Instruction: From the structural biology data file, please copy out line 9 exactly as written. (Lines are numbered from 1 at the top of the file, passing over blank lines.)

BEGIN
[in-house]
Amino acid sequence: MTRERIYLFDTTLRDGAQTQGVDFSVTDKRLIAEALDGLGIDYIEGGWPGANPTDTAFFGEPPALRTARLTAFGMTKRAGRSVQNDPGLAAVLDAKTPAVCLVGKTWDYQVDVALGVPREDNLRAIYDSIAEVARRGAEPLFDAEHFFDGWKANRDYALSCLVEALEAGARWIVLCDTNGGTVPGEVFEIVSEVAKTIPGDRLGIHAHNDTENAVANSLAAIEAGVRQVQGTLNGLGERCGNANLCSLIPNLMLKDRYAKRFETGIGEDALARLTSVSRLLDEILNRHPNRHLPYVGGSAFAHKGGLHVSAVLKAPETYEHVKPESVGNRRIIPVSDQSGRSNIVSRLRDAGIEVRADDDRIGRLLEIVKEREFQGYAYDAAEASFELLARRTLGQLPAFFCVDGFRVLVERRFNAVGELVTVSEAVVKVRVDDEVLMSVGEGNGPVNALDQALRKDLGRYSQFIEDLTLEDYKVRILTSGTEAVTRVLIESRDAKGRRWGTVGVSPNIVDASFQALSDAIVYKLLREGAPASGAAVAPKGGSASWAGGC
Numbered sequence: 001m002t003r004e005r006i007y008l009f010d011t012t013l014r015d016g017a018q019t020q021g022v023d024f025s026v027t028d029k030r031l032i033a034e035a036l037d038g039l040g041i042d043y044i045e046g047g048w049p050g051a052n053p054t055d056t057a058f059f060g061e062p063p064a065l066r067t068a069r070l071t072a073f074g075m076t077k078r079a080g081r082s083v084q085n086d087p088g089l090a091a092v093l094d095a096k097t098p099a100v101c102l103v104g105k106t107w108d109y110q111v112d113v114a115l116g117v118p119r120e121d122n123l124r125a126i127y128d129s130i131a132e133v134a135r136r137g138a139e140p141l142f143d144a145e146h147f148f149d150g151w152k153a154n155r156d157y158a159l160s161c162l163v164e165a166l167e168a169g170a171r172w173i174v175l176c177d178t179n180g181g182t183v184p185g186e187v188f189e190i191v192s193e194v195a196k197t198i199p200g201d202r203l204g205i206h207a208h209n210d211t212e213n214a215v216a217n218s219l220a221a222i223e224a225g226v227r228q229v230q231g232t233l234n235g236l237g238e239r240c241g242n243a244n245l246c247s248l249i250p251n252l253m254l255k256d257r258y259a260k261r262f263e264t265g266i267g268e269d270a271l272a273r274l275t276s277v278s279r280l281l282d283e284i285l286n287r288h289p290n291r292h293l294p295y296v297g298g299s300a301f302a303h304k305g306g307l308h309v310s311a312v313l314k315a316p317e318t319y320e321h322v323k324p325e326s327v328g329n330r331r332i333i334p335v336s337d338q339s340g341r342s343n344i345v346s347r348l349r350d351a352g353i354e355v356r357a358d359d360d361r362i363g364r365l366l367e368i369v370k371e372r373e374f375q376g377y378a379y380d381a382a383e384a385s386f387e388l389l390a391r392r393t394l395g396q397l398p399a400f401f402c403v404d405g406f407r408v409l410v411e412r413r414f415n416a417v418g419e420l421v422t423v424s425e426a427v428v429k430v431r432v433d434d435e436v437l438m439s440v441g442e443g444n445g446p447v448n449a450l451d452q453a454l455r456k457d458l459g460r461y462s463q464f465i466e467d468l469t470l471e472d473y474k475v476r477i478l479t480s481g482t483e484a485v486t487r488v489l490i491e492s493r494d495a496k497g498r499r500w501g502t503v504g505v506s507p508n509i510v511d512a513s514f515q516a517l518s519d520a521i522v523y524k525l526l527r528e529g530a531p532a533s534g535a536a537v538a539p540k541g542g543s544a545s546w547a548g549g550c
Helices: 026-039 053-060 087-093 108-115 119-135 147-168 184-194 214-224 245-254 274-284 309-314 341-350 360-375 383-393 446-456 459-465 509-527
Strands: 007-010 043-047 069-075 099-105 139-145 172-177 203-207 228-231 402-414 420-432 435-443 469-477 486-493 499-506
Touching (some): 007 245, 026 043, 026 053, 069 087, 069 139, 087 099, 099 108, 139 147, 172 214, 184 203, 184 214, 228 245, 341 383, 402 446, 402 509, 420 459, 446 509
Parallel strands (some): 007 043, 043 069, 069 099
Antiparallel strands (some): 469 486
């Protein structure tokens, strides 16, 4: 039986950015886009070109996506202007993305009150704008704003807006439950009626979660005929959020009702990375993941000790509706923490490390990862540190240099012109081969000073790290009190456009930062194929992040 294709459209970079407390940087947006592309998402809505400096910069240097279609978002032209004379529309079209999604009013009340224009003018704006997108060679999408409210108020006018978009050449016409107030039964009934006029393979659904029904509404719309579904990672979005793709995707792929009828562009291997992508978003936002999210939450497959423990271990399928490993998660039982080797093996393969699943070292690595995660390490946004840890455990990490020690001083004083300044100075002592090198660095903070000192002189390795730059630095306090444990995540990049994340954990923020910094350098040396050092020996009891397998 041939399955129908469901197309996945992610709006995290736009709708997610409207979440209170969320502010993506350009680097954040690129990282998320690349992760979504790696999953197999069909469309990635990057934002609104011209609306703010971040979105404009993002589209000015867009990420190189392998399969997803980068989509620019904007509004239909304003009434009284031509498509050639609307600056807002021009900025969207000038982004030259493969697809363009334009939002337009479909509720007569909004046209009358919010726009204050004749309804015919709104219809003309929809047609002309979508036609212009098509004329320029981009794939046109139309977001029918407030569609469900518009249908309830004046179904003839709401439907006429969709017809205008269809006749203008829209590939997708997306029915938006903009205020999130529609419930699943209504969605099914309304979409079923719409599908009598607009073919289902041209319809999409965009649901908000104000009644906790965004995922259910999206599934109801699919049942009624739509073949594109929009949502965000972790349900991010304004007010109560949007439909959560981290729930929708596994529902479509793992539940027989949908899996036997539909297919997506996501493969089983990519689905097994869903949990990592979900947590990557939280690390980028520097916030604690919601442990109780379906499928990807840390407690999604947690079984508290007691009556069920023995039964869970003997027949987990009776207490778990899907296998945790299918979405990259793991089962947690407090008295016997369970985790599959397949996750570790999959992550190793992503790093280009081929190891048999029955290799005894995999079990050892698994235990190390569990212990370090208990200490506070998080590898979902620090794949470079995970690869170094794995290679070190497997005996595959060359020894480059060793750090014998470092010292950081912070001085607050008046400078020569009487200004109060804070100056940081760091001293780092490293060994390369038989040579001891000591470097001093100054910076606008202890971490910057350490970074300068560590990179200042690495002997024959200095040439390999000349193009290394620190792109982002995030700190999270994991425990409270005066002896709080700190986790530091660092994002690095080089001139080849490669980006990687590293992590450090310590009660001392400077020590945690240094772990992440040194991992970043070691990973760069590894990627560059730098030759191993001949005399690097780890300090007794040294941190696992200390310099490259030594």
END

């Protein structure tokens, strides 16, 4: 039986950015886009070109996506202007993305009150704008704003807006439950009626979660005929959020009702990375993941000790509706923490490390990862540190240099012109081969000073790290009190456009930062194929992040 294709459209970079407390940087947006592309998402809505400096910069240097279609978002032209004379529309079209999604009013009340224009003018704006997108060679999408409210108020006018978009050449016409107030039964009934006029393979659904029904509404719309579904990672979005793709995707792929009828562009291997992508978003936002999210939450497959423990271990399928490993998660039982080797093996393969699943070292690595995660390490946004840890455990990490020690001083004083300044100075002592090198660095903070000192002189390795730059630095306090444990995540990049994340954990923020910094350098040396050092020996009891397998 041939399955129908469901197309996945992610709006995290736009709708997610409207979440209170969320502010993506350009680097954040690129990282998320690349992760979504790696999953197999069909469309990635990057934002609104011209609306703010971040979105404009993002589209000015867009990420190189392998399969997803980068989509620019904007509004239909304003009434009284031509498509050639609307600056807002021009900025969207000038982004030259493969697809363009334009939002337009479909509720007569909004046209009358919010726009204050004749309804015919709104219809003309929809047609002309979508036609212009098509004329320029981009794939046109139309977001029918407030569609469900518009249908309830004046179904003839709401439907006429969709017809205008269809006749203008829209590939997708997306029915938006903009205020999130529609419930699943209504969605099914309304979409079923719409599908009598607009073919289902041209319809999409965009649901908000104000009644906790965004995922259910999206599934109801699919049942009624739509073949594109929009949502965000972790349900991010304004007010109560949007439909959560981290729930929708596994529902479509793992539940027989949908899996036997539909297919997506996501493969089983990519689905097994869903949990990592979900947590990557939280690390980028520097916030604690919601442990109780379906499928990807840390407690999604947690079984508290007691009556069920023995039964869970003997027949987990009776207490778990899907296998945790299918979405990259793991089962947690407090008295016997369970985790599959397949996750570790999959992550190793992503790093280009081929190891048999029955290799005894995999079990050892698994235990190390569990212990370090208990200490506070998080590898979902620090794949470079995970690869170094794995290679070190497997005996595959060359020894480059060793750090014998470092010292950081912070001085607050008046400078020569009487200004109060804070100056940081760091001293780092490293060994390369038989040579001891000591470097001093100054910076606008202890971490910057350490970074300068560590990179200042690495002997024959200095040439390999000349193009290394620190792109982002995030700190999270994991425990409270005066002896709080700190986790530091660092994002690095080089001139080849490669980006990687590293992590450090310590009660001392400077020590945690240094772990992440040194991992970043070691990973760069590894990627560059730098030759191993001949005399690097780890300090007794040294941190696992200390310099490259030594």